CalPERS Employers are Now Subject to Two New Penalties
New Laws Change Out-of-Class Appointments Requirements and Impose New Penalties in Connection with Retired Annuitant Employment
Two new California laws could result in costly fines to public agency employers who fail to adhere to the specified requirements. Assembly Bills 1487 and 1309 both went into effect Jan. 1.
AB 1487 – Out-of-Class Appointments
Public employers that contract with CalPERS should take note of AB 1487, which adds section 20480 to the Government Code. Section 20480 provides that an out-of-class appointment of an active member by a CalPERS contracting agency or school employer that exceeds 960 hours in a fiscal year will be subject to penalties. The law defines “out-of-class appointment” to mean a limited duration appointment to an upgraded position or higher classification that is vacant during recruitment for a permanent appointment. As such, section 20480 does not apply to positions filled during an employee’s leave of absence. While employers may want to take the position that section 20480 does not apply with respect to a vacancy for which there is no recruitment, our CalPERS contacts have informed us that the only exception is for vacancies arising as a result of a leave of absence.
Employers must track the hours worked in these positions and report them to CalPERS within 30 days after the end of the fiscal year. Further, compensation for an out-of-class appointment subject to section 20480 must be paid pursuant to a collectively bargained agreement or publicly available pay schedule.
Any employer in violation of section 20480 will be liable to pay CalPERS an amount equal to three times the employer and employee contributions that would otherwise have been paid to CalPERS for the difference between the compensation paid for the out-of-class appointment and the compensation reported to CalPERS for the employee’s permanent position. Non-compliance may also lead to administrative costs and other penalties.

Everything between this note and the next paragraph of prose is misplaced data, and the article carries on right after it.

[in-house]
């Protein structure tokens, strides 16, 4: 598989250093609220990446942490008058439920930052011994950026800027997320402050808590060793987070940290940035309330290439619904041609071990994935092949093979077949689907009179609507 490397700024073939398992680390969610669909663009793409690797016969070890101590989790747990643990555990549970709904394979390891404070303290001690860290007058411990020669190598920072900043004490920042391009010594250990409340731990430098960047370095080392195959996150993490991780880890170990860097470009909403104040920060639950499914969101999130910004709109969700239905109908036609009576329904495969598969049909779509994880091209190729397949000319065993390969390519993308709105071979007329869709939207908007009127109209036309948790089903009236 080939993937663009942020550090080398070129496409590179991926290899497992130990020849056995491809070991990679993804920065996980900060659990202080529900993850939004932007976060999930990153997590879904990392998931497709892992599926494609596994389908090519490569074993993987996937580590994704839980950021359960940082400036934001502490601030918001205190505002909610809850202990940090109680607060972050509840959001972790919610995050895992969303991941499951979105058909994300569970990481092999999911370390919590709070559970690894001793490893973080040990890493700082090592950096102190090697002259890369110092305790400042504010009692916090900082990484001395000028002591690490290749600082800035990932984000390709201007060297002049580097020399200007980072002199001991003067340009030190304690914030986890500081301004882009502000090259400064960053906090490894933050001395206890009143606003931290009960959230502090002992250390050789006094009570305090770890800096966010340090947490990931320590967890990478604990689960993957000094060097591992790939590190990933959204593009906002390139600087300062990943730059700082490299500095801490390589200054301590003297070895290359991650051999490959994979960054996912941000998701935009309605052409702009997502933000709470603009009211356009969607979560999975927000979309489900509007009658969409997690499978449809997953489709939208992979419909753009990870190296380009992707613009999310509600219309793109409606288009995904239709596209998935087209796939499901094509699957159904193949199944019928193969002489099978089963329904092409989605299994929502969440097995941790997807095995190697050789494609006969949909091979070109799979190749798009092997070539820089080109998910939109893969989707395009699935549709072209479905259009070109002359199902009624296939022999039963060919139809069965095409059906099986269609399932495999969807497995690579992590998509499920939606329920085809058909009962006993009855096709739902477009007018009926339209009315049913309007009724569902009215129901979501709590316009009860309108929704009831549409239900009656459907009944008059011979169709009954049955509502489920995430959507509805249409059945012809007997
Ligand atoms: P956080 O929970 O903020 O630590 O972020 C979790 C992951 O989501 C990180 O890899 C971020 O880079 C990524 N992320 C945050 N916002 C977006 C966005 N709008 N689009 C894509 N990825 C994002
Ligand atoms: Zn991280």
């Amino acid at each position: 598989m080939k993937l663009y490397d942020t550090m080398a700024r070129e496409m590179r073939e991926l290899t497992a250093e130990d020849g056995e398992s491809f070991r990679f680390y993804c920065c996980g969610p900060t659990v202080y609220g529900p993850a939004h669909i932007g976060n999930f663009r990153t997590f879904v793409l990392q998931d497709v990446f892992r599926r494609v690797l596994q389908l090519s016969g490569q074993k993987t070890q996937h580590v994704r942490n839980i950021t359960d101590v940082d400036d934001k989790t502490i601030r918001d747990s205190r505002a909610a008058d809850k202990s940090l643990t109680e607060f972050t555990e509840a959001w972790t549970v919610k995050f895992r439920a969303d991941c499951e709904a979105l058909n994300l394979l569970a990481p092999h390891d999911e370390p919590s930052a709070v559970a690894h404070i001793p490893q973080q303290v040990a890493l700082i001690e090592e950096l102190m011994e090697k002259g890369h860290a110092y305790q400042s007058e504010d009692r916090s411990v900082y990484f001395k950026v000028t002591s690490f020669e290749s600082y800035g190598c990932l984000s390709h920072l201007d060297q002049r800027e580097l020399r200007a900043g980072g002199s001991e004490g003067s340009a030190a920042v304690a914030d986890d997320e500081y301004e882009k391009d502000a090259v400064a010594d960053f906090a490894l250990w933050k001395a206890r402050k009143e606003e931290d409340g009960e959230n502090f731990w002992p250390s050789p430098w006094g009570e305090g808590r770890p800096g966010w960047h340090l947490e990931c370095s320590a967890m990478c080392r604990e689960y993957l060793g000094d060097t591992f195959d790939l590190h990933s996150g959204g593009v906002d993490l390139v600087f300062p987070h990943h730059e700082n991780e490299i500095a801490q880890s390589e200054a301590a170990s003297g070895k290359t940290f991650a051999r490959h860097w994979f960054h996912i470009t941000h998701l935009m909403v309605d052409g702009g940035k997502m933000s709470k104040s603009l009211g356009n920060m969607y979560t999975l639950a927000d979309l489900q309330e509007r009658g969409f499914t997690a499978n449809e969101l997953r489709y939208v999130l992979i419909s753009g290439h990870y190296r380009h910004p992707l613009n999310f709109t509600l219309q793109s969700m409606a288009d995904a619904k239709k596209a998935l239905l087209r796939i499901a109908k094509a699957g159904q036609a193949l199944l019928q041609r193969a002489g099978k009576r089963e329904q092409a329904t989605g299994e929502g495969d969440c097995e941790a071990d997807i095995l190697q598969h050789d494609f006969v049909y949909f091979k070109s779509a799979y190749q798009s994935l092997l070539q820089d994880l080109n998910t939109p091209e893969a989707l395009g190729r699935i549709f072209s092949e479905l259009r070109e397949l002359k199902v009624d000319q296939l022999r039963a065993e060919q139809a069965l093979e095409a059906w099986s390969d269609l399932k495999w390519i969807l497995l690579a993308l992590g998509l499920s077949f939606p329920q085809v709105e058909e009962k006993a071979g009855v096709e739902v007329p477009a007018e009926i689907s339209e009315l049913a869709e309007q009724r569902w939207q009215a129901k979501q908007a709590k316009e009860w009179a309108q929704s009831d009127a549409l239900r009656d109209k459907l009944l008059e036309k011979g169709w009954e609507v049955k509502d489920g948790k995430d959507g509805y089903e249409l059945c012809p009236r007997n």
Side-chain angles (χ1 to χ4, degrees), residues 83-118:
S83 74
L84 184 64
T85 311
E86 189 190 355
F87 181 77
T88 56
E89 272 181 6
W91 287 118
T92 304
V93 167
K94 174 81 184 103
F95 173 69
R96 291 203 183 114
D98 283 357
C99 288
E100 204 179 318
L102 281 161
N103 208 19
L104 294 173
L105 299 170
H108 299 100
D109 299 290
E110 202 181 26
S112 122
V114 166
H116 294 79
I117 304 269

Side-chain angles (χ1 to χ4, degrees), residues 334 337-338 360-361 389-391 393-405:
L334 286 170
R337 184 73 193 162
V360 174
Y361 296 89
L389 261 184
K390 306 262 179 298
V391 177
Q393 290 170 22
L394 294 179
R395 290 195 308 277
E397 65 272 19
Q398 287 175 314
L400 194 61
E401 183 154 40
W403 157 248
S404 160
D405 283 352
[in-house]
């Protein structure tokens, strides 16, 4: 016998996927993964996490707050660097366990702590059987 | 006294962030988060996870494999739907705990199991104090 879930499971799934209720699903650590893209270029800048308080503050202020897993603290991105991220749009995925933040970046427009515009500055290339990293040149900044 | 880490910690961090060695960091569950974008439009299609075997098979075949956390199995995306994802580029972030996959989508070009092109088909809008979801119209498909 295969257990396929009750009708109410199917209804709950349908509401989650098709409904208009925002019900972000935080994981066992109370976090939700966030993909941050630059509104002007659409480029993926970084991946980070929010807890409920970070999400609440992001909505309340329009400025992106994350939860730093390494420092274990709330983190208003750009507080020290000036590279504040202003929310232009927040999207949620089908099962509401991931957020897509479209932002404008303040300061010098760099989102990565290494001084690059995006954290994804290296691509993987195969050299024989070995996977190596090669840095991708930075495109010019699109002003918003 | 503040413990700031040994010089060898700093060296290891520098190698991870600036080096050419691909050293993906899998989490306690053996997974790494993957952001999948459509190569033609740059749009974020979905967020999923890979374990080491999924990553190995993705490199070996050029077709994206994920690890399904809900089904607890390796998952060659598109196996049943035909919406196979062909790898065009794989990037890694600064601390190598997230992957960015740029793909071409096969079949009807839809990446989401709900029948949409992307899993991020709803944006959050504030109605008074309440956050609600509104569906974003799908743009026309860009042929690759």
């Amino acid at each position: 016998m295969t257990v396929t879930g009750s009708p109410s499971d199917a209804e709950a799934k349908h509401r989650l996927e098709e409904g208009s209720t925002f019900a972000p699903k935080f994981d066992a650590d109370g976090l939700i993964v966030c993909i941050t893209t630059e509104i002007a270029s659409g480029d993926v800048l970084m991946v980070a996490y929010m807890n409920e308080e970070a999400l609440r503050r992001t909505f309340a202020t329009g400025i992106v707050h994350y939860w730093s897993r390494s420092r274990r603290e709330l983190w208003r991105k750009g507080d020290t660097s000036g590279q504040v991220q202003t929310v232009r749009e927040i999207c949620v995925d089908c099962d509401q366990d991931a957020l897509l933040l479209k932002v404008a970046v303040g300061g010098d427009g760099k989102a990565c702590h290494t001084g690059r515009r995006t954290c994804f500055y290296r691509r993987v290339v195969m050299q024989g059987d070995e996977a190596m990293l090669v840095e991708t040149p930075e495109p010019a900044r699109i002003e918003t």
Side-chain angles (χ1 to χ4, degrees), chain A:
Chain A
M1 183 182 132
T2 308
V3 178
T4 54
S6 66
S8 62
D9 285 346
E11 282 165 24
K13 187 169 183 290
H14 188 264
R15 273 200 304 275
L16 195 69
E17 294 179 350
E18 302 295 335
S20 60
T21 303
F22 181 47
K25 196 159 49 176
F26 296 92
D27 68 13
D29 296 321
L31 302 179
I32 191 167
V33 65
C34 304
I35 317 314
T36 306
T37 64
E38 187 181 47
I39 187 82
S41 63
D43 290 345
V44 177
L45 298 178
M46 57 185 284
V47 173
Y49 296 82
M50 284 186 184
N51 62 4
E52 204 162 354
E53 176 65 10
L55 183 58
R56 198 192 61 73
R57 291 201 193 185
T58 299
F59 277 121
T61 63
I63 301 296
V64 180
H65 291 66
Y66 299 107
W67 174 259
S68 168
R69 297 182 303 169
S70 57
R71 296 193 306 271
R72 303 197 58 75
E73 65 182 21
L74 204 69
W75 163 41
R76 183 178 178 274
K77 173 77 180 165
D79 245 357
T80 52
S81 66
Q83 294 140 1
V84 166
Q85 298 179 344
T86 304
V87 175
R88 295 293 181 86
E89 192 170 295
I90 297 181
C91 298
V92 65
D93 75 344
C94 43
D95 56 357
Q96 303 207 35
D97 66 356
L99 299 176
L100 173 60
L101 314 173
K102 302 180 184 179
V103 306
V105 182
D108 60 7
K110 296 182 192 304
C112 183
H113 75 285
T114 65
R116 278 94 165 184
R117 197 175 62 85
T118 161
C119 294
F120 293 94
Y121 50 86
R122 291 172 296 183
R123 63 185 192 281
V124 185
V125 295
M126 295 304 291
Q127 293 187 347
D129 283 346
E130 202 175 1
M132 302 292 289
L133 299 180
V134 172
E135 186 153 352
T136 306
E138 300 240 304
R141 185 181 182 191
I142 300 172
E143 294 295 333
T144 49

This new restriction may significantly impact employers who, for various reasons, have appointed employees to a vacancy on an acting or interim basis pending a permanent appointment or a determination of whether to permanently fill a position. While section 20480 applies the 960-hour limitation on a fiscal year basis, we have confirmed with CalPERS that the limitation will only apply as of Jan.1, and that the entire 960 hours will be available for the 6-month period through June 30. Thereafter, the 960-hour limitation will be in effect each year from July 1 through June 30.
AB 1309 – Retired Annuitant Employment Reporting Obligations
AB 1309 amends existing Government Code section 21220 to provide that CalPERS may impose a penalty equal to $200 per month per retiree for each of the following failures until it is corrected.
First, the penalty will be imposed if the employer fails to enroll the CalPERS retiree through the my|CalPERS portal within 30 days after the effective date of hire. Since a CalPERS retiree hired in accordance with the retiree employment rules will not accrue service credit or retirement benefits for the retiree employment, the enrollment is solely for purposes of tracking that retiree’s hours, pay and duration of the appointment.
Second, the penalty will apply if the employer fails to report the rate of pay and hours worked by the retiree within 30 days following the last day of the pay period worked by the CalPERS retiree.
While these reporting obligations existed prior to AB 1309, CalPERS did not have the authority to impose a penalty against those agencies that failed to comply. Thus, it will be important for CalPERS contracting agencies to review existing retiree appointments and ensure that they are complying with the reporting obligations.
If you have any questions about these new laws or how they may impact your agency, please contact the authors of this Legal Alert listed to the right in the firm’s Employee Benefits & Executive Compensation and Labor & Employment practice groups, or your BB&K attorney.
Disclaimer: BB&K Legal Alerts are not intended as legal advice. Additional facts or future developments may affect subjects contained herein. Seek the advice of an attorney before acting or relying upon any information in this communiqué.